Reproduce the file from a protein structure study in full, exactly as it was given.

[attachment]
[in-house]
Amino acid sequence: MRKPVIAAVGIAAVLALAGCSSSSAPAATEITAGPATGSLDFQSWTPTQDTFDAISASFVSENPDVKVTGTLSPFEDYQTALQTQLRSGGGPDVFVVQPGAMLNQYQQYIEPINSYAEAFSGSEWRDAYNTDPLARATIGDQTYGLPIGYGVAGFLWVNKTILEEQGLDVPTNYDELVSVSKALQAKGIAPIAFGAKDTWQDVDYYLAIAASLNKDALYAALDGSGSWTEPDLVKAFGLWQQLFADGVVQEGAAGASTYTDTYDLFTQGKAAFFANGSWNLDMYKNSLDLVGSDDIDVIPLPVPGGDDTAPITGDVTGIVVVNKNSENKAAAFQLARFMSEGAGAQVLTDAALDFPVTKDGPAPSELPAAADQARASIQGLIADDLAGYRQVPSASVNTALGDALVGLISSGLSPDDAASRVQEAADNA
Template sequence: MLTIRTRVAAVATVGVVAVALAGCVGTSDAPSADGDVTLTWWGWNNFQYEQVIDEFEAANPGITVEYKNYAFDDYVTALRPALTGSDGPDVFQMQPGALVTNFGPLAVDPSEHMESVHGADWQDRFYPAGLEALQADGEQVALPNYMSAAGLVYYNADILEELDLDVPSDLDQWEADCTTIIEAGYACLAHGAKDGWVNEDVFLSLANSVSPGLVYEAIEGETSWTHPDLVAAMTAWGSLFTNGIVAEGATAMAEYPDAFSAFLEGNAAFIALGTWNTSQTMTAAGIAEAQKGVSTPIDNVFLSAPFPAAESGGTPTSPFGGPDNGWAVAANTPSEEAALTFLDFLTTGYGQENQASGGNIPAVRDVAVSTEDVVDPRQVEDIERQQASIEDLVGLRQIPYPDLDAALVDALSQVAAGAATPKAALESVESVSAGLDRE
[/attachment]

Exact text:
[in-house]
Amino acid sequence: MRKPVIAAVGIAAVLALAGCSSSSAPAATEITAGPATGSLDFQSWTPTQDTFDAISASFVSENPDVKVTGTLSPFEDYQTALQTQLRSGGGPDVFVVQPGAMLNQYQQYIEPINSYAEAFSGSEWRDAYNTDPLARATIGDQTYGLPIGYGVAGFLWVNKTILEEQGLDVPTNYDELVSVSKALQAKGIAPIAFGAKDTWQDVDYYLAIAASLNKDALYAALDGSGSWTEPDLVKAFGLWQQLFADGVVQEGAAGASTYTDTYDLFTQGKAAFFANGSWNLDMYKNSLDLVGSDDIDVIPLPVPGGDDTAPITGDVTGIVVVNKNSENKAAAFQLARFMSEGAGAQVLTDAALDFPVTKDGPAPSELPAAADQARASIQGLIADDLAGYRQVPSASVNTALGDALVGLISSGLSPDDAASRVQEAADNA
Template sequence: MLTIRTRVAAVATVGVVAVALAGCVGTSDAPSADGDVTLTWWGWNNFQYEQVIDEFEAANPGITVEYKNYAFDDYVTALRPALTGSDGPDVFQMQPGALVTNFGPLAVDPSEHMESVHGADWQDRFYPAGLEALQADGEQVALPNYMSAAGLVYYNADILEELDLDVPSDLDQWEADCTTIIEAGYACLAHGAKDGWVNEDVFLSLANSVSPGLVYEAIEGETSWTHPDLVAAMTAWGSLFTNGIVAEGATAMAEYPDAFSAFLEGNAAFIALGTWNTSQTMTAAGIAEAQKGVSTPIDNVFLSAPFPAAESGGTPTSPFGGPDNGWAVAANTPSEEAALTFLDFLTTGYGQENQASGGNIPAVRDVAVSTEDVVDPRQVEDIERQQASIEDLVGLRQIPYPDLDAALVDALSQVAAGAATPKAALESVESVSAGLDRE